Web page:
Steve O’Hanlon, CEO of Numerix, chats with FTF News about the unclear regulatory road ahead and other industry matters.
(Editor’s note: In this Q&A, Steve O’Hanlon, CEO of Numerix, reviews some key trends and events of 2016, and looks forward to the rest of this year and beyond. For the road ahead, O’Hanlon foresees a lot of regulatory uncertainty, which will complicate many matters. Numerix won the Best Pricing or Valuation Solution award of the 2017 FTF News Technology Innovation Awards.)
Q: In 2016, what trends in pricing, valuation and related areas had the biggest impacts upon Numerix?
A: A real big one is the BCBS/IOSCO’s [Basel Committee on Banking Supervision/ International Organization of Securities Commissions] introduction of an increase in initial margin (IM) for non-cleared derivatives trades.
Cleared trades have long attracted initial margin but non-cleared trades have largely not.
Now that counterparties to non-cleared trades must post initial margin, the costs of dealing in non-cleared trades could increase substantially.
It’s based on the premise that OTC [over-the-counter] derivatives trades that are not cleared should face higher costs than cleared trades because they present higher risk. The phase-in period for this regulation started last year and it has implications from pricing, risk management, operational and regulatory perspectives.
For Numerix, it poses computational and analytics challenges, such as forecasting initial margin amounts, pricing the funding costs of initial margin into trades, and implementing any required technology changes into banks’ current systems.
Q: Were there any developments in 2016 that surprised you?
A: I’m sure 99 percent of people will respond the same way: Donald Trump being elected as the 45th president of the United States of America.
One of his main promises during his presidential campaign was to overhaul the Dodd-Frank Act, a massive and complicated piece of legislation.
A rollback of this bank regulation would potentially have significant implications in the U.S. and possibly across the globe.
Q: What changes underway in 2016 led to the acquisitions in 2017?
A: Last year, we saw significant growth in the emergence of fintech institutions in markets around the world, and not just in the U.S. and Europe, but in emerging economies as well. As a result, we are seeing a rise in fintech investments and acquisitions in 2017.
I find what is most interesting is the fintech development in emerging markets. We are seeing, for example, a focus on investments in fintechs that are developing technology to provide financial services to the unbanked and under-banked across Latin America. The focus in these areas is based around payments, international transfers, and P2P [peer-to-peer] lending.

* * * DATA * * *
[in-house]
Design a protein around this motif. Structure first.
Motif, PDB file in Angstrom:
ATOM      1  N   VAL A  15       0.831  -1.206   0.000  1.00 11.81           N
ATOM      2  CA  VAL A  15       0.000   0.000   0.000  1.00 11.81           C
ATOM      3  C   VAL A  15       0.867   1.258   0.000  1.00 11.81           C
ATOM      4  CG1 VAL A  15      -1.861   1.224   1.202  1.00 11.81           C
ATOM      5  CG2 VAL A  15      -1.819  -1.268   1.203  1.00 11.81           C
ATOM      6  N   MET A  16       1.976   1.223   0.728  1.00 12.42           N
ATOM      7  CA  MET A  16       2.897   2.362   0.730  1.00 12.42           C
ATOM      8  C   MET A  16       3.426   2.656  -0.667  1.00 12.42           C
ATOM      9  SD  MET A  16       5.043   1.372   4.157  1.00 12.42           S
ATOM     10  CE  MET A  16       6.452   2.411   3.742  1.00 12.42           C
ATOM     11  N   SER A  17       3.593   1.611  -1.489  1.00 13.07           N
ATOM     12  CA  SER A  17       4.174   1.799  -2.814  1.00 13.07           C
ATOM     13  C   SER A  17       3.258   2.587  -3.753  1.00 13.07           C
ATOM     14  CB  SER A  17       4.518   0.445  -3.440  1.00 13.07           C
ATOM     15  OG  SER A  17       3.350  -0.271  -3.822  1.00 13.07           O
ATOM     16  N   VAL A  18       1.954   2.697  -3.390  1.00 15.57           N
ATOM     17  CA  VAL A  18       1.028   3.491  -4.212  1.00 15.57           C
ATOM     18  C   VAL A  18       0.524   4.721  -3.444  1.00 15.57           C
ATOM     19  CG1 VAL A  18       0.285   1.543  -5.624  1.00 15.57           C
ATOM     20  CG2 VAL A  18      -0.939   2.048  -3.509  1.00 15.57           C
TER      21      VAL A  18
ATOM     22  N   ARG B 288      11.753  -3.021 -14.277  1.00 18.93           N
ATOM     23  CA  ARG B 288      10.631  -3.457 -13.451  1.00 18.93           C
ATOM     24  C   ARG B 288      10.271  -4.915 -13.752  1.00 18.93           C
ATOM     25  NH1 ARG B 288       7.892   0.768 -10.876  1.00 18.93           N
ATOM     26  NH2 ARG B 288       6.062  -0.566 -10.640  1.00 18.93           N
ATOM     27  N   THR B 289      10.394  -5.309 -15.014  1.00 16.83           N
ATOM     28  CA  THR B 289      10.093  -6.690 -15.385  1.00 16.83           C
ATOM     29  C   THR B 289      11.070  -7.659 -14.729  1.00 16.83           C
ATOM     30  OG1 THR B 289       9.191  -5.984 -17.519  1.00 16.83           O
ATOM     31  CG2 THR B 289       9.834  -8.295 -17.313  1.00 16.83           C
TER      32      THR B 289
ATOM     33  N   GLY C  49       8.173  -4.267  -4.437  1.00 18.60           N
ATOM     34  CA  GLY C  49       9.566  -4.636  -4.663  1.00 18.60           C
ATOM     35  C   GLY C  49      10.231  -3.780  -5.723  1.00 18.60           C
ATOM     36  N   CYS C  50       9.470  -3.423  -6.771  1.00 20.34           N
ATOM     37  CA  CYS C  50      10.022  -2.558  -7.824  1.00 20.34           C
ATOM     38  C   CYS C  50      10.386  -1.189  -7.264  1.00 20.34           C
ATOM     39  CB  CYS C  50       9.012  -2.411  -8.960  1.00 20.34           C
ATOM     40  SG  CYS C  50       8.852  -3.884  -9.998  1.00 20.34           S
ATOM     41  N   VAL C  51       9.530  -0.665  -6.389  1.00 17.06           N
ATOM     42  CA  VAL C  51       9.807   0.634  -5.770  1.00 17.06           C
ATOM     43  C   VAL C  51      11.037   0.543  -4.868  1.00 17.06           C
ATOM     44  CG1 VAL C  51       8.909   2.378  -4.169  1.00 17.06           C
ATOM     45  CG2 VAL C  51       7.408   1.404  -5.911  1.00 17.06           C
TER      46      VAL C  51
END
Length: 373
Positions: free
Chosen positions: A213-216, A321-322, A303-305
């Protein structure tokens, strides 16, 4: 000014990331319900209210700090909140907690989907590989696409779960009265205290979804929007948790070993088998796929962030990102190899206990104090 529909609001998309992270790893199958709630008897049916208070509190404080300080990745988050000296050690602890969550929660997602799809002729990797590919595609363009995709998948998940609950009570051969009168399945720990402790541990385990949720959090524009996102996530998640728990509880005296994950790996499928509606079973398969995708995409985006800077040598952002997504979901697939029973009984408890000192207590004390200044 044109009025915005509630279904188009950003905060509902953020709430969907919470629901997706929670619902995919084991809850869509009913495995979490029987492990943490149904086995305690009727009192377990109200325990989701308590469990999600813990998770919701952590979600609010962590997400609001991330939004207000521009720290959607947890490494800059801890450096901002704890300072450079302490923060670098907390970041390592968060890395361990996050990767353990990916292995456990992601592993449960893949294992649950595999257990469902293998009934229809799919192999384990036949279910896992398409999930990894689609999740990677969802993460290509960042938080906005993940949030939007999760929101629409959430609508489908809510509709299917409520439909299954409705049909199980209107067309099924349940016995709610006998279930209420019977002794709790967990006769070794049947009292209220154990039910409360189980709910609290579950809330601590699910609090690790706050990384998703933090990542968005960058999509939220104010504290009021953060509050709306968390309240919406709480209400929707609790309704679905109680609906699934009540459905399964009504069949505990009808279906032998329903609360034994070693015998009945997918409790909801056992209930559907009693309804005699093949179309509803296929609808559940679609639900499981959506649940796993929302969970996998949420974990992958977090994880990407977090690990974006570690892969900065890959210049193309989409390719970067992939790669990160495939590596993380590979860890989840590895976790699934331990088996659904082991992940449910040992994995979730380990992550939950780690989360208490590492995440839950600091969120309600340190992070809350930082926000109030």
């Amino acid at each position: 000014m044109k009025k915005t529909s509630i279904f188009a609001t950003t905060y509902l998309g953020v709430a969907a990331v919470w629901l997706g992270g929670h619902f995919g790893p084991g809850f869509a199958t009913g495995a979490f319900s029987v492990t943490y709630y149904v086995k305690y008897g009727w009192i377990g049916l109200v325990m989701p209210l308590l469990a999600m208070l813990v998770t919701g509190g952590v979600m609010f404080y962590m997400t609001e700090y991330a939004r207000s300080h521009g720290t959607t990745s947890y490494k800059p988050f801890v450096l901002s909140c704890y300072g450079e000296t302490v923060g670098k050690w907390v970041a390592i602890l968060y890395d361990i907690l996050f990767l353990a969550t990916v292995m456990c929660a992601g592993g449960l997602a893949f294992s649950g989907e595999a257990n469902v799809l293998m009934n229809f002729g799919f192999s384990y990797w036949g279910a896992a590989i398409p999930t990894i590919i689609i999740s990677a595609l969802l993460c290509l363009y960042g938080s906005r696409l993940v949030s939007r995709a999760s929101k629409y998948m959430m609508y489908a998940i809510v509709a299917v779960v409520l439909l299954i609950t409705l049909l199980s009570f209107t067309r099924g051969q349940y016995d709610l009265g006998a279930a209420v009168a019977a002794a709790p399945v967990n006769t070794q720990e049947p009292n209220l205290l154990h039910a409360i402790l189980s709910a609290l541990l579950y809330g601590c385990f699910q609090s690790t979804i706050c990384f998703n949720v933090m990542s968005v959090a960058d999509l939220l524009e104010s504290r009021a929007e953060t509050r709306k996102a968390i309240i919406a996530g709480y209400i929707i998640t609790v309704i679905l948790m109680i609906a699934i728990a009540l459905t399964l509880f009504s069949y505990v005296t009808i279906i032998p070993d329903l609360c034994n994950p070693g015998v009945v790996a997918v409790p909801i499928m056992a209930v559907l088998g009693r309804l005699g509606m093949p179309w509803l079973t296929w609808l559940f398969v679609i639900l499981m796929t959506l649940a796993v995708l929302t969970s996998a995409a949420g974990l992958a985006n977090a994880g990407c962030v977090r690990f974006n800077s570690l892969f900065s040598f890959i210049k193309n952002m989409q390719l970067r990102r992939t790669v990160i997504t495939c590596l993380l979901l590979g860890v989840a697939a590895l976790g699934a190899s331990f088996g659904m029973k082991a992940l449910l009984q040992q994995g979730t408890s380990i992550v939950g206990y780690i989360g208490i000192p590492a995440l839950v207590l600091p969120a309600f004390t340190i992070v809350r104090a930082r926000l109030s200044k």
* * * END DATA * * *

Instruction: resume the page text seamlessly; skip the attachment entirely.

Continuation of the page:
Q: How would you describe Numerix’s business philosophy?
A: I describe it as succinct and fits in context with our mission and identity.
Our philosophy is this: We have a duty to our clients to provide outstanding capital markets technology solutions and real-time intelligence capabilities for trading and risk management, with the objective of enabling clients to rethink their complex business challenges in more transparent and profitable ways.
This promise must always be driven by a culture rooted in a deep dedication to creating breakthrough technology and the pursuit of continuous, leading-edge innovation.
Q: What predictions do you have for the regulatory landscape in 2017 and beyond?
A: There’s really quite a lot of regulatory uncertainty as we look toward the next few years, so we can’t really make predictions about the near- or long-term regulatory landscape.
But one issue that is obvious is the overriding uncertainty over which way regulations will go.
Will regulatory criteria end up being more relaxed? What are some of the elements that could change? Conversely, what are the elements that are unlikely to change?
Despite any predictions, banks will have no choice but to develop a strategy for implementing current and any upcoming regulations. The big question mark is whether banks follow a hard-line interpretation of rules as they are set out now, or go with a more relaxed interpretation, anticipating a regulation scale back.